IN THE NEWS:
During the late 19th and early 20th centuries, Black leaders were some of the most prominent advocates for reducing immigration levels. Leaders like Booker T. Washington and Frederick Douglass understood that welcoming millions of immigrants — then mostly Europeans — only set the wages of less-skilled workers on a race to the bottom.
When the U.S. labor market finally tightened from 1940 to 1980, due in large part to closely-controlled immigration levels, Black male incomes grew by 400%, as immigration policy expert Roy Beck points out in his recently-released book, Back of the Hiring Line. That staggering increase outpaced even that of White men, whose incomes rose by 250% over those 40 years. This momentous progress towards economic equity was underway even before the passage of the landmark 1964 Civil Rights Act.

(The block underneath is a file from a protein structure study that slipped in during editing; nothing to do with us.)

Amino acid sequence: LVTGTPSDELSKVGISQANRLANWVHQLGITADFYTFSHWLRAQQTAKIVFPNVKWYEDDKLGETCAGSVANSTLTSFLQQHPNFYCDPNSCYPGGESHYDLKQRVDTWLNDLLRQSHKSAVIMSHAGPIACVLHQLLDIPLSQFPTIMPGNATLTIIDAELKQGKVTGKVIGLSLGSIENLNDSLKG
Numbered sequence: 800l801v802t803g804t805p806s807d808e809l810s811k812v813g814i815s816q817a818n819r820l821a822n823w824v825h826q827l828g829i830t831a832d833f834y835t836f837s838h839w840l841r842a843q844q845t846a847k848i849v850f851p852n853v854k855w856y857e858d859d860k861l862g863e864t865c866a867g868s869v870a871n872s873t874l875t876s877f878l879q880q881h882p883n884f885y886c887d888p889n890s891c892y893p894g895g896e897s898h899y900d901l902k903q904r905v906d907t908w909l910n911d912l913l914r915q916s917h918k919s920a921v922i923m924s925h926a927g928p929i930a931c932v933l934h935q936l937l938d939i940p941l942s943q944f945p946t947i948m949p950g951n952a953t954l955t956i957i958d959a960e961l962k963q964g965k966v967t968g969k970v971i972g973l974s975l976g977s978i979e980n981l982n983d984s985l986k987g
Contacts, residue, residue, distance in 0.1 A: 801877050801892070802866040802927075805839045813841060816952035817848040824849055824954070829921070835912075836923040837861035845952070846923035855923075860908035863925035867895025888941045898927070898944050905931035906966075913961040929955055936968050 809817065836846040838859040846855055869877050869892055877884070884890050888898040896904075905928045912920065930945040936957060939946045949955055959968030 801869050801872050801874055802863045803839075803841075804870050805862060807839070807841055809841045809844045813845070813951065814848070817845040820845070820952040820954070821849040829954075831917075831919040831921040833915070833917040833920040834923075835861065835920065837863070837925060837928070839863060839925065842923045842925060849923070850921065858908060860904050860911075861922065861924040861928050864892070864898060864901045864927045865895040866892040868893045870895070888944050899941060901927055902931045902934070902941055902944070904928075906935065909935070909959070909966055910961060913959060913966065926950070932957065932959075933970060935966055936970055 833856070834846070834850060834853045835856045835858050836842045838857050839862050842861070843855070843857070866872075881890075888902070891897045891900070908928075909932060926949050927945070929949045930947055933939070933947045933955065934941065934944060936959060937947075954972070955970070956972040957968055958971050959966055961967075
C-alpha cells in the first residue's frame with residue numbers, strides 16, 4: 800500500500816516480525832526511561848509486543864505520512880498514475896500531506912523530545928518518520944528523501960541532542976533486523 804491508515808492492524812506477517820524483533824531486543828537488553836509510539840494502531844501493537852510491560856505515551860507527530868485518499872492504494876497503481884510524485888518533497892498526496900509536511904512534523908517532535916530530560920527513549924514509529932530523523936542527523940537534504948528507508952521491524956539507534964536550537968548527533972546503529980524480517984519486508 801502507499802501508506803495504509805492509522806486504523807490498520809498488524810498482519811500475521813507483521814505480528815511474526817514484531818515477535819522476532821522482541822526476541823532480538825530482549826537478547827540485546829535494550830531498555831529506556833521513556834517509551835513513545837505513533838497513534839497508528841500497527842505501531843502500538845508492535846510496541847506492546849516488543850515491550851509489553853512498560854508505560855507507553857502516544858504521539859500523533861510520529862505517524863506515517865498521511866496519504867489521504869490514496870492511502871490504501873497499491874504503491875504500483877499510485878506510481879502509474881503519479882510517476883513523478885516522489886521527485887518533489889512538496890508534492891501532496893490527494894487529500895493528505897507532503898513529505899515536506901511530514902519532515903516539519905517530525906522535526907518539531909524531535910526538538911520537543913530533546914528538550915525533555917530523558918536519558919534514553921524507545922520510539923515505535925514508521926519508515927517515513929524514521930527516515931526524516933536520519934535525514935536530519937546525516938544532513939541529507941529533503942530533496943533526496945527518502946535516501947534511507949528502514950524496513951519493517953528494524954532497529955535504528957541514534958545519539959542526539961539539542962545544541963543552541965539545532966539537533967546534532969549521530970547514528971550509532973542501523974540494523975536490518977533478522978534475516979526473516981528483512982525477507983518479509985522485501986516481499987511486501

As immigration levels ramped up again in the 1980s and 1990s, however — eventually reaching roughly four times what they were before 1965 — relative Black wages went in the opposite direction. Today, most of the mid-century progress America made against the racial wage gap has been lost.
Both major parties bear responsibility for this reversal. The bipartisan Immigration Act of 1990, which increased the country’s annual immigration cap overnight, was enacted by a Democrat-controlled Congress and signed into law by a Republican president. Even now, members of both parties are pushing to increase the overall level of immigration.